By E. Falk. University of Tulsa.
Some free nerve end- ings are particularly sensitive to tickle and itch cheap levitra 20mg mastercard. Receptors for Heat, Cold, and Pain Root Hair Plexuses The principal receptors for heat and cold (thermoreceptors) and for pain (nociceptors) are the free nerve endings. Several million of Root hair plexuses are a specialized type of free nerve ending. The They are coiled around hair follicles, where they respond to free nerve endings responsible for cold sensations are closer to the movement of the hair. Lamellated Corpuscles Pain receptors respond to damage to tissues and are acti- Lamellated (pacinian) corpuscles are large, onion-shaped recep- vated by all types of stimuli. They are sparse in most visceral or- tors composed of the dendritic endings of several sensory nerve gans and absent entirely within the nervous tissue of the brain. They are commonly Although the free nerve endings are specialized to respond to found within the synovial membranes of synovial joints, in the tissue damage, all of the cutaneous receptors will relay impulses perimysium of skeletal muscle tissue, and in certain visceral or- that are interpreted as pain if stimulated excessively. Lamellated corpuscles are also abundant in the skin of the The protective value of pain receptors is obvious. Unlike palms and fingers of the hand, soles of the feet, external geni- other cutaneous receptors, free nerve endings exhibit little accom- talia, and breasts. They respond to heavy pressures, generally modation, so impulses are relayed continuously to the CNS as long those that are constantly applied. Muscle spasms, muscle fatigue, or an inadequate supply of blood to an organ may also cause pain. Organs of Ruffini Impulses for pain are conducted to the spinal cord through sen- sory neurons.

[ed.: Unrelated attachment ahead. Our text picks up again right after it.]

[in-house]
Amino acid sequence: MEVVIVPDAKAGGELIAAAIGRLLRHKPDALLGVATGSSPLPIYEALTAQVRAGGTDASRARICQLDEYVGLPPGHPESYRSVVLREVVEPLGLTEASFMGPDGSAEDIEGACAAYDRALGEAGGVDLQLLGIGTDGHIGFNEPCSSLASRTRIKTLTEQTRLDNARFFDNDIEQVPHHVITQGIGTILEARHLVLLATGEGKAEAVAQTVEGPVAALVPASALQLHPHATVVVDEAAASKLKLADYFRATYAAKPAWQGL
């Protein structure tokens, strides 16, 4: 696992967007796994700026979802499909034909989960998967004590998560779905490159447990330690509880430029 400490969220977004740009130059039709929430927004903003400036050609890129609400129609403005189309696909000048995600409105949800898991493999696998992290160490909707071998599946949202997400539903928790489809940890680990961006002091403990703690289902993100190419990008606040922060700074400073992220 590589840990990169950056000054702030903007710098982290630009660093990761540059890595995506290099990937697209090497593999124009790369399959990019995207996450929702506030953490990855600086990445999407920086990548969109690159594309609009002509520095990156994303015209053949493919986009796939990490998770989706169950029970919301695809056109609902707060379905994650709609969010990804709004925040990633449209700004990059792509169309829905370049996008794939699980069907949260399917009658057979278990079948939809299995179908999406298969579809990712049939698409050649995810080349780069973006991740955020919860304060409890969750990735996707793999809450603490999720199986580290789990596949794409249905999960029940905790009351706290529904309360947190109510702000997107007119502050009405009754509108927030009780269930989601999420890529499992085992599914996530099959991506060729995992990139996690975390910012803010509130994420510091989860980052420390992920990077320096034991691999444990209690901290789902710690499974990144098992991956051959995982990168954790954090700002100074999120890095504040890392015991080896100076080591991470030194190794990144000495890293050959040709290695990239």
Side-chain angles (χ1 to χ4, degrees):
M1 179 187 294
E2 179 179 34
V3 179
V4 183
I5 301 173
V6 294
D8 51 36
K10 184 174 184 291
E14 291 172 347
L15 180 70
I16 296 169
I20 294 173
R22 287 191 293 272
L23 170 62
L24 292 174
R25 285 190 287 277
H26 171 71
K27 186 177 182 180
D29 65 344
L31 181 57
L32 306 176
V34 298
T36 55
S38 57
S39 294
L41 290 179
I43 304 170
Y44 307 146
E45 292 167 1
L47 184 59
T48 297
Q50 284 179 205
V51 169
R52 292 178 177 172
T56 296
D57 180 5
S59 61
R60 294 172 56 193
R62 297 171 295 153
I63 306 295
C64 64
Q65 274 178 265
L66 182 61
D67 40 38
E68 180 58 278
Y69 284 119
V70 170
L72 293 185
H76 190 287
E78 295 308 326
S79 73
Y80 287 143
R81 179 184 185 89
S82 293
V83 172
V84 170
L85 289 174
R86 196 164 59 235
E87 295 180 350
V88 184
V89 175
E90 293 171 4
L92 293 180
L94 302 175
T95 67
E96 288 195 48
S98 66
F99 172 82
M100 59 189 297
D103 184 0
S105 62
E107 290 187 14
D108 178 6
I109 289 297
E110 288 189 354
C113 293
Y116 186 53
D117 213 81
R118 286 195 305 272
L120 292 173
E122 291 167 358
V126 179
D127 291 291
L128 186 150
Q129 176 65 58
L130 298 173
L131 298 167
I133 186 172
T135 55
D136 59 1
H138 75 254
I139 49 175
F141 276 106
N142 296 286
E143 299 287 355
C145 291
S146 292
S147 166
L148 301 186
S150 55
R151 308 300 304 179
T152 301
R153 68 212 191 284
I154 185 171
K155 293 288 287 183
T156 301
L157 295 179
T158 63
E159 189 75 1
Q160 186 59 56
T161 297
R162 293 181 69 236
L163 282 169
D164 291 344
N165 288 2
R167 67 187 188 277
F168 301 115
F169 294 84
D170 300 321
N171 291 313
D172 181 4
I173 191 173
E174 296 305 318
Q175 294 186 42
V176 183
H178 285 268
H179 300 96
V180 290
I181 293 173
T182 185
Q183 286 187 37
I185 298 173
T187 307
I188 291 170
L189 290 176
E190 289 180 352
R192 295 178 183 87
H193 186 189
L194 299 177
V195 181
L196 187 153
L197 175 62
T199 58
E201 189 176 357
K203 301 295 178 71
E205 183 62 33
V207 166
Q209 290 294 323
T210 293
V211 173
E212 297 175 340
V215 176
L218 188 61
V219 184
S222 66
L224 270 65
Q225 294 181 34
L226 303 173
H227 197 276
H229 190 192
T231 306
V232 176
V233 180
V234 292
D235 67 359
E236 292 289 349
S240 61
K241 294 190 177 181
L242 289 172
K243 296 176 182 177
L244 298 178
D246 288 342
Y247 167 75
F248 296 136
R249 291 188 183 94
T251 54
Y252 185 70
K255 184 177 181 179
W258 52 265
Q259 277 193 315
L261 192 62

As the peripheral nervous system is easily accessible and end-points are simple to measure (salivation buy discount levitra 20 mg on-line, blood pressure, etc. Thus, VIP and acetylcholine interact to produce the full integrated salivation and vasodilatation that occur following stimulation of the parasympathetic supply to the salivary glands. Stimulation of the nerve causes secretion and vasodilatation Ð the former is muscarinic since it is blocked by atropine. When administered exogenously the same pattern is seen; ACh causes secretion and VIP dilates. When co-applied, both secretion and vasodilatation are potentiated and this may partly be due to VIP increasing muscarinic binding of ACh, an effect that has also been seen in the cortex. Noradrenaline and neuropeptide Y also have similar interactive effects on the vasculature. Thus, the vasoconstriction produced by both sympathetic stimulation and exogenous noradrenaline is enhanced in the presence of NPY. Co-existence of more than one neurotransmitter in a neuron is likely to be common in CNS neurons but only a small proportion of the billions of neurons have been investigated. The consequences of co-existence are considerable since the two or more transmitters can:. Alter breakdown 256 NEUROTRANSMITTERS, DRUGS AND BRAIN FUNCTION The combinations of co-existence within a single neuron that have been seen in the CNS are: (1) Different peptides from the same gene product (met and leu enkephalin, substance P and neurokinin A). The former two act on the same receptor, the delta opioid receptor, whereas the latter act on different receptors, the neurokinin 1 and 2 receptors. Despite this, the receptors for the neurokinins produce the same direction of effect, a slow depolarisation, even though their distribution differs. These combinations are intriguing in that TRH is excitatory yet enkephalins are inhibitory Ð complex postsynaptic effects can be envisaged. Substance P is excitatory and CCK acts on two receptors, A and B, with the former being the predominant CNS form.